Naomi is our guest blogger this week. You might remember her from, well, pretty much every meal I ate around the time Aliza was born, and many meals before and since, plus one notable time that I compared her to an angel. She praises her friends many in times in the post, though I continue to think I’m the one who should be offering the praise for Naomi and all my other friends who have been part of this project. Speaking of which, click here to sign up for a week to blog! And, speaking of projects, check out my new blog/advice column for the Jewish Exponent: Miriam’s Advice Well. Please submit questions!! And now, without further ado or self-promotion…Naomi’s post!
For my turn on this blog thing, I said I’d write when there was Heymish, because I knew that there would be lots of good food and company to talk about. And so after several slightly confusing emails with Miriam and Warren and Beverly (while she was in Israel), we decided that Heymish, and therefore my blogging turn, should be this weekend.
Which all worked out beautifully except for one small issue: In a highly unusual turn of events, I didn’t cook one single solitary thing.
But that’s ok! Because Miriam said we didn’t have to cook to blog, and I did eat a lot. Plus I have things to say, and you are here reading them. All of which is to say that you’re stuck with me, for this week anyway.
So. Like I said before, this was a Heymish week. Heymish, for the uninitiated, is a lovely minyan (prayer group) that meets around once a month in people’s houses for Kabbalat Shabbat (Friday night services) and a veggie potluck dinner. This month we met in Beverly’s and my living room. It was bitter cold. Perhaps the first (or arguably the second) really cold weekend we’ve had all year. There were also a couple of other fun things going on in the community that night. All of which gave us a cozy turnout, at around a dozen people. I led part of the singing, which was super fun even though I didn’t really have my voice back all the way from being sick and the singing promptly caused me to lose it again temporarily. And after that came food! Some highlights…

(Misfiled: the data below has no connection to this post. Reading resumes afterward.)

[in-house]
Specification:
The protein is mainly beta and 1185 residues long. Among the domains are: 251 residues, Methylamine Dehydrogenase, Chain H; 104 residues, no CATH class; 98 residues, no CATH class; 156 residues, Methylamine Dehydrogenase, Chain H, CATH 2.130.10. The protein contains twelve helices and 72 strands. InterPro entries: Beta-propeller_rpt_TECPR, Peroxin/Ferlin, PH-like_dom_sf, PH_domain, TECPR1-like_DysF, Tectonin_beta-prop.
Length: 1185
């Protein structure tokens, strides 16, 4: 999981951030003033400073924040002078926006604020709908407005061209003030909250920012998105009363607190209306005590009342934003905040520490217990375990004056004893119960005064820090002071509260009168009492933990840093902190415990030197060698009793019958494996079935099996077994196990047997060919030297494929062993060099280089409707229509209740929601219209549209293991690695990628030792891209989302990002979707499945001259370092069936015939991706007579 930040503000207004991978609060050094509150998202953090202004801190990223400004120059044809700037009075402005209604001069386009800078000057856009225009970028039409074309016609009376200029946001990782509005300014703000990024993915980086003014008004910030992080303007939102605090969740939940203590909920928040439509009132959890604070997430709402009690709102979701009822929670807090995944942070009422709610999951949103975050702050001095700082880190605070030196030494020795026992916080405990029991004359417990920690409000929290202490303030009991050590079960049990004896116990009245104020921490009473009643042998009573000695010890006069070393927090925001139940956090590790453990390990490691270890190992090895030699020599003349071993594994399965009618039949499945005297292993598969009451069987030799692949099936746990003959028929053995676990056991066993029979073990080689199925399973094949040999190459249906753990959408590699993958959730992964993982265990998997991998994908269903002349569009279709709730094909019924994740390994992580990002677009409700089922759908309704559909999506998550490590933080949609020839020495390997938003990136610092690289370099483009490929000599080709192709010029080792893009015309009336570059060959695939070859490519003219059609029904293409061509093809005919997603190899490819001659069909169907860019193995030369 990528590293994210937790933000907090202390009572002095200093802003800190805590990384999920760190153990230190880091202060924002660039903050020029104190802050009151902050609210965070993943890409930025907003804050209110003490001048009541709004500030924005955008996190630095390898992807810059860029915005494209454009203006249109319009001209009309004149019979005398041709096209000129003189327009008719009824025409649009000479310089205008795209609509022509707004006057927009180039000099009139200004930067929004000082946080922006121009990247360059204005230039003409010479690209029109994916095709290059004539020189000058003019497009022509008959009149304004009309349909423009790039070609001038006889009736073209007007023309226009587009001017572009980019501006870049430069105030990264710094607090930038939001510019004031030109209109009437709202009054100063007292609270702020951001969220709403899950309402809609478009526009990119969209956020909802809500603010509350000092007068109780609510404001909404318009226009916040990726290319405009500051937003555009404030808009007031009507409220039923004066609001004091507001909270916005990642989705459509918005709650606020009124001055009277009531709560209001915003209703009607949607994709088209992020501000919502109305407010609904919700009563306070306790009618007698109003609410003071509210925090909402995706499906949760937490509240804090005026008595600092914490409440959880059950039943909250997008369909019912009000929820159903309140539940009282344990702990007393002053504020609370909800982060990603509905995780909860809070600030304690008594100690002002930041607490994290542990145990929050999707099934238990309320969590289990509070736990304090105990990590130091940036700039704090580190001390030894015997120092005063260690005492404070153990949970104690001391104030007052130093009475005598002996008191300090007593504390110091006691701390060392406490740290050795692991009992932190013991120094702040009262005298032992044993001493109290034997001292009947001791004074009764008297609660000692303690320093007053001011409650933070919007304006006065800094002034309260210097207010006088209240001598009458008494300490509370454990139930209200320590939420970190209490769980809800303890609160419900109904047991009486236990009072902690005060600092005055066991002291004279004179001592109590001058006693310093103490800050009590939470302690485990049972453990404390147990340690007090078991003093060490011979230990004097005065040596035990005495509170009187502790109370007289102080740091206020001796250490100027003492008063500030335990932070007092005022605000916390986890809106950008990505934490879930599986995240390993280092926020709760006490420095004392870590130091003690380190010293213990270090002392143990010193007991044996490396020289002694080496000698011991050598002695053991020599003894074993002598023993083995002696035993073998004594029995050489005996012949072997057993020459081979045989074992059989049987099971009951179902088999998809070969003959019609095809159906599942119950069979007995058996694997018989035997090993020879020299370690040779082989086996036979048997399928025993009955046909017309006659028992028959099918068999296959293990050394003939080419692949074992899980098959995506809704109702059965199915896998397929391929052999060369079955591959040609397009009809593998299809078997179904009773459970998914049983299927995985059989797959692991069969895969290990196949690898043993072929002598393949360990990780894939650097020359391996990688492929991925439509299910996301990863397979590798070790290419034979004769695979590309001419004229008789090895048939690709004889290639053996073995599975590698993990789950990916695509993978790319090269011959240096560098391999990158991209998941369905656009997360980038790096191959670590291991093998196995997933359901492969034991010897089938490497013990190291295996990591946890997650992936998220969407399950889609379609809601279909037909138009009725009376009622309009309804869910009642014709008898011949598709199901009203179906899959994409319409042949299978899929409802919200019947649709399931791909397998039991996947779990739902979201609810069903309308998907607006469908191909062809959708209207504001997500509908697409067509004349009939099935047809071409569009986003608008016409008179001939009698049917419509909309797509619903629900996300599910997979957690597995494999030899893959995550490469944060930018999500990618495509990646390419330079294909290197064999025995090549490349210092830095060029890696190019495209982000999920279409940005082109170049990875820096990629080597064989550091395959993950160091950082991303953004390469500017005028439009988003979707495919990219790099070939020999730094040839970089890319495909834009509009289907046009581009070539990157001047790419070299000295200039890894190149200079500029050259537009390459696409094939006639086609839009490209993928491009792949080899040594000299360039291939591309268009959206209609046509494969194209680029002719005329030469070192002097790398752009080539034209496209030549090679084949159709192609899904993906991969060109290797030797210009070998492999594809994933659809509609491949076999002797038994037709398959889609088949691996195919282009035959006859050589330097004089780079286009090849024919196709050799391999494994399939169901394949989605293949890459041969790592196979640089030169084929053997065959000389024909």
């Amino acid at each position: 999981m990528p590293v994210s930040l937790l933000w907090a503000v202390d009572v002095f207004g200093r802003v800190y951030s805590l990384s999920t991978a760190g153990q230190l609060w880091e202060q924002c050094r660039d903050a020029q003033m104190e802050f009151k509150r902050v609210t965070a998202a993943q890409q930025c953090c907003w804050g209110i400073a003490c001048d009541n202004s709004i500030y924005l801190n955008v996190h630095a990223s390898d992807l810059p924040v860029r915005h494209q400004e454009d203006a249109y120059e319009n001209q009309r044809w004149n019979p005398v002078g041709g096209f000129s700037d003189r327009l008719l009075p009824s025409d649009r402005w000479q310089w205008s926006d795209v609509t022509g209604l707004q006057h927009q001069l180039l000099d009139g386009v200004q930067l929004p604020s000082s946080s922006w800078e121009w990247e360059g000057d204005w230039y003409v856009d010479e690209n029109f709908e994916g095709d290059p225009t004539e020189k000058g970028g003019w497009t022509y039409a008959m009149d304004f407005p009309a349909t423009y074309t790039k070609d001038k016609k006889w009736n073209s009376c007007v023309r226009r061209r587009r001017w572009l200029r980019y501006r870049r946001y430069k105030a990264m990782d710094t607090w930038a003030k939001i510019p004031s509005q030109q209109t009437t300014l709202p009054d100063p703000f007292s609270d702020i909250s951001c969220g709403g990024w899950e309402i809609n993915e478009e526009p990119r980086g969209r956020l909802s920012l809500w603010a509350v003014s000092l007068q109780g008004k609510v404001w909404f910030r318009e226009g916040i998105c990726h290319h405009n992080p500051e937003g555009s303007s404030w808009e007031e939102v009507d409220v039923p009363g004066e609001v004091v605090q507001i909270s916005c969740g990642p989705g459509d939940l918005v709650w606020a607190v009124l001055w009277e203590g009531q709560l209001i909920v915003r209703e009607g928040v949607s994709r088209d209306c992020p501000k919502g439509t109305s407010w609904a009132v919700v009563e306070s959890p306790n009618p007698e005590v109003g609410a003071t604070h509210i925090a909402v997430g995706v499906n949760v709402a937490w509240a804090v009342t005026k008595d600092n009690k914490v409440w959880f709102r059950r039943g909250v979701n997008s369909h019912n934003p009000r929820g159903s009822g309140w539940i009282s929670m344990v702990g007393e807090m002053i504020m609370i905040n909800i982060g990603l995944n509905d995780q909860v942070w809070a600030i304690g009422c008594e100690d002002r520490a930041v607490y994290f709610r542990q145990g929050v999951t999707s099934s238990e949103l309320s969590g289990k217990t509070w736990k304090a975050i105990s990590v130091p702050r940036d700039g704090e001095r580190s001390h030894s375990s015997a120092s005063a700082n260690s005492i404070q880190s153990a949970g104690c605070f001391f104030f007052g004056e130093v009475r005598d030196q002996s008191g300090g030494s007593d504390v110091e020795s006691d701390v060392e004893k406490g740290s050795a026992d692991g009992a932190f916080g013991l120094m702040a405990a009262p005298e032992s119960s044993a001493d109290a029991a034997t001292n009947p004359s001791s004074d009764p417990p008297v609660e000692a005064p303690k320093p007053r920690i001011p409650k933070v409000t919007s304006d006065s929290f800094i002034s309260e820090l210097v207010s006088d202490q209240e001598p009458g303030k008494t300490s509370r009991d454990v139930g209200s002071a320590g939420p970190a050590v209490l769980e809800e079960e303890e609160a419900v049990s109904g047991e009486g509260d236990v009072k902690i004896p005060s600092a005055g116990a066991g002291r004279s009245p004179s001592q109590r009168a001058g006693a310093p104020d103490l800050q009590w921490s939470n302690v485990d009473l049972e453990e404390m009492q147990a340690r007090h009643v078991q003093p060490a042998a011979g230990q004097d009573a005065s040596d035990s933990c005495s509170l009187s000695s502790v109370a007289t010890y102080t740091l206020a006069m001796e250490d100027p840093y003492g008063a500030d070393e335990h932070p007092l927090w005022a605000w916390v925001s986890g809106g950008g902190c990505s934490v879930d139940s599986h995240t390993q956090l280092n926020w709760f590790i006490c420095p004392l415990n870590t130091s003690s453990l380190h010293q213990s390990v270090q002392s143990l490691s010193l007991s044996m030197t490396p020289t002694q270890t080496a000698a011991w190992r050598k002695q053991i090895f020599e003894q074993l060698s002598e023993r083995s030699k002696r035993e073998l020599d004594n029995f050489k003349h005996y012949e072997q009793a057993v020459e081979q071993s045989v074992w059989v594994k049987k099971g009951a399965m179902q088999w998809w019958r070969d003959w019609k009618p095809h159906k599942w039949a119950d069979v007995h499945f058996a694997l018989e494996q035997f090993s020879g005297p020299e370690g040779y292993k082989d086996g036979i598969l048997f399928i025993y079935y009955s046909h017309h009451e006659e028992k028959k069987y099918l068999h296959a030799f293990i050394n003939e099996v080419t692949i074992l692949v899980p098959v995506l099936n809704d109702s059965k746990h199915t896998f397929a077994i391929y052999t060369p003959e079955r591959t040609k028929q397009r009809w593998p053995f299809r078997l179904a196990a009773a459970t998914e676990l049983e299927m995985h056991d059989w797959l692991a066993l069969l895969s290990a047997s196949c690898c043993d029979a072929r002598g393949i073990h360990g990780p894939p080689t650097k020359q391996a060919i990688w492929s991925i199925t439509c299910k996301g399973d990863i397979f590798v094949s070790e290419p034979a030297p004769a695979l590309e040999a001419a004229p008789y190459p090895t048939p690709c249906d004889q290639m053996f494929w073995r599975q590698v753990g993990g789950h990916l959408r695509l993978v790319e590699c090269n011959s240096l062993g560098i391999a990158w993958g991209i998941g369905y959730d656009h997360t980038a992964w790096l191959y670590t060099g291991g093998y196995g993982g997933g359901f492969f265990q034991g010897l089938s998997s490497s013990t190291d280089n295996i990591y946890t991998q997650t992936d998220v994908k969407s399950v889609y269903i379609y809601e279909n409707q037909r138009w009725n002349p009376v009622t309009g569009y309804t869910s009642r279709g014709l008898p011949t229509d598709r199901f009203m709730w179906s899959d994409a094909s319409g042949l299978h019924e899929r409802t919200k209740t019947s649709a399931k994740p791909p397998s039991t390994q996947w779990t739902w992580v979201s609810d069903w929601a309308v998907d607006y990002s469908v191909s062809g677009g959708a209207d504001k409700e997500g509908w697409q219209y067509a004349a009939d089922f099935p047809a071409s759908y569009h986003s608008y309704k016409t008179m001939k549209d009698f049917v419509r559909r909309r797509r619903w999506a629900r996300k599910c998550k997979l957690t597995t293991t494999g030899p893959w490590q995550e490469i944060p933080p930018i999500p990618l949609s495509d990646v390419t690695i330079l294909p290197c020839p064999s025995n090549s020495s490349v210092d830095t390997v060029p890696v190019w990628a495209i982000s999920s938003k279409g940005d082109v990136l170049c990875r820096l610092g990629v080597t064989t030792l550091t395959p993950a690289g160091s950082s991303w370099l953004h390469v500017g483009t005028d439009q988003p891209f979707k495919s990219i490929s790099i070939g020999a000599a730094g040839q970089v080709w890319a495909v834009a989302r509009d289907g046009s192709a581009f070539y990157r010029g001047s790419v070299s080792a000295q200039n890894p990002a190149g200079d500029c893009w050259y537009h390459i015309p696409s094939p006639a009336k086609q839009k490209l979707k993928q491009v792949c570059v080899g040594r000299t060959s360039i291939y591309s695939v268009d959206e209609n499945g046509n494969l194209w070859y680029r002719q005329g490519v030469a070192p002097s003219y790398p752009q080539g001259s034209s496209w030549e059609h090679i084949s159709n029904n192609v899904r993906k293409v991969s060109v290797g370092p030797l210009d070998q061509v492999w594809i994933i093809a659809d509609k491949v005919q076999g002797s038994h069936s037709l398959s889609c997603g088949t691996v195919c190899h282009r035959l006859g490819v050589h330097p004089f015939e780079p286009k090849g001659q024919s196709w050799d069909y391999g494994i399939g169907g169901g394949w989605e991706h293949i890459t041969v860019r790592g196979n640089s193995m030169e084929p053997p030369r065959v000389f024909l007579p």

-Warren’s amazing vegan dish involving white beans and fennel
-Beverly’s famous Challah
-Rebecca’s (visiting from all the way up in MA) kasha and mushrooms
-Mattea’s veggies over rice. (Quote: “I couldn’t find hazelnuts, so I couldn’t make a dessert.” I love my friends.)
And remember how I said I didn’t cook? Well, my contribution to the potluck was paper goods to eat it all on. This is actually a very important ingredient to a successful meal. (At least usually, though I happen to have had a memorable meal without those things.) And also I cleaned my living room and set up chairs, so really I did help make eating happen.
And that was my evening. But Shabbat wasn’t over yet. Because it always keeps going till the stars come out on Saturday. But also the Shabbat fun wasn’t over yet, which is what I meant to say in the first place. And that is because it was also a Tikvah weekend.
And Tikvah, also for the uninitiated, is another minyan. But this one does Saturday shacharit (morning services) and lunch, as well as some other things. The lunch is sometimes a potluck and sometimes ‘catered’ by one of the organizing committee members. And guess what? I’m lucky enough to have a committee member for a fiancée. (Did you know that in French, women get more e’s?) Beverly, with the help of Mattea and Joline, made a beautiful meal of DIY burritos, inspired in part by Marc’s having made that same meal last week. It was still bitter cold, so Tikvah also had a cozy crowd at about 25, and we all ate heartily. And I think that there are enough leftovers currently in my fridge to feed me well past the time in the not too distant future when I get tired of
eating burritos every night. Yum.
And that about wraps it up! [Miriam’s note: burrito pun intended?] I think the moral is that food and prayer are fun community activities. But the moral might be that I have awesome friends (and especially an awesome fiancée) who make it possible to have a hard week at work and not have to cook every week to have Shabbat meals. And the other moral might be that I love it when Heymish and Tikvah weeks line up just right. Although the moral could be that when it’s your turn to write on this blog you’ll get to ramble as much as you want, like I did. Take your pick.